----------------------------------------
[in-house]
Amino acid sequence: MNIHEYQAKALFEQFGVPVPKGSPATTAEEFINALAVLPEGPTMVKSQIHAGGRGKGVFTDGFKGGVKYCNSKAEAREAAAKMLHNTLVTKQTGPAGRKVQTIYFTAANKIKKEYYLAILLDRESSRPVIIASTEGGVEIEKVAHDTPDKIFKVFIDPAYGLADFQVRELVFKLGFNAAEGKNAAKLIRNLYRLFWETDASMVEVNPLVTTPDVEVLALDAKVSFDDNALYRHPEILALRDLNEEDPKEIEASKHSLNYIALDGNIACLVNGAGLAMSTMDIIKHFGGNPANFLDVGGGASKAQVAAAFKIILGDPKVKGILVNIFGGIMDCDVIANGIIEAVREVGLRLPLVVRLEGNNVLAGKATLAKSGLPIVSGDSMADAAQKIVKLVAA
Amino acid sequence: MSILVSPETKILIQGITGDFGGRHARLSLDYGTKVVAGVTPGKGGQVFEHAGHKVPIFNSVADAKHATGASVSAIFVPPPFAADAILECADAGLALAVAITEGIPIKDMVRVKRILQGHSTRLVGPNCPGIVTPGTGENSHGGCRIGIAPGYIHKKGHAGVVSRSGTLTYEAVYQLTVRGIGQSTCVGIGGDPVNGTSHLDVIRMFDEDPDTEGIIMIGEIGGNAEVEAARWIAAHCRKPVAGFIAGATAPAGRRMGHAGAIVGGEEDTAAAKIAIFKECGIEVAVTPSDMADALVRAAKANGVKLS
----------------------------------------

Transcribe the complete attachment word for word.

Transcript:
[in-house]
Amino acid sequence: MNIHEYQAKALFEQFGVPVPKGSPATTAEEFINALAVLPEGPTMVKSQIHAGGRGKGVFTDGFKGGVKYCNSKAEAREAAAKMLHNTLVTKQTGPAGRKVQTIYFTAANKIKKEYYLAILLDRESSRPVIIASTEGGVEIEKVAHDTPDKIFKVFIDPAYGLADFQVRELVFKLGFNAAEGKNAAKLIRNLYRLFWETDASMVEVNPLVTTPDVEVLALDAKVSFDDNALYRHPEILALRDLNEEDPKEIEASKHSLNYIALDGNIACLVNGAGLAMSTMDIIKHFGGNPANFLDVGGGASKAQVAAAFKIILGDPKVKGILVNIFGGIMDCDVIANGIIEAVREVGLRLPLVVRLEGNNVLAGKATLAKSGLPIVSGDSMADAAQKIVKLVAA
Amino acid sequence: MSILVSPETKILIQGITGDFGGRHARLSLDYGTKVVAGVTPGKGGQVFEHAGHKVPIFNSVADAKHATGASVSAIFVPPPFAADAILECADAGLALAVAITEGIPIKDMVRVKRILQGHSTRLVGPNCPGIVTPGTGENSHGGCRIGIAPGYIHKKGHAGVVSRSGTLTYEAVYQLTVRGIGQSTCVGIGGDPVNGTSHLDVIRMFDEDPDTEGIIMIGEIGGNAEVEAARWIAAHCRKPVAGFIAGATAPAGRRMGHAGAIVGGEEDTAAAKIAIFKECGIEVAVTPSDMADALVRAAKANGVKLS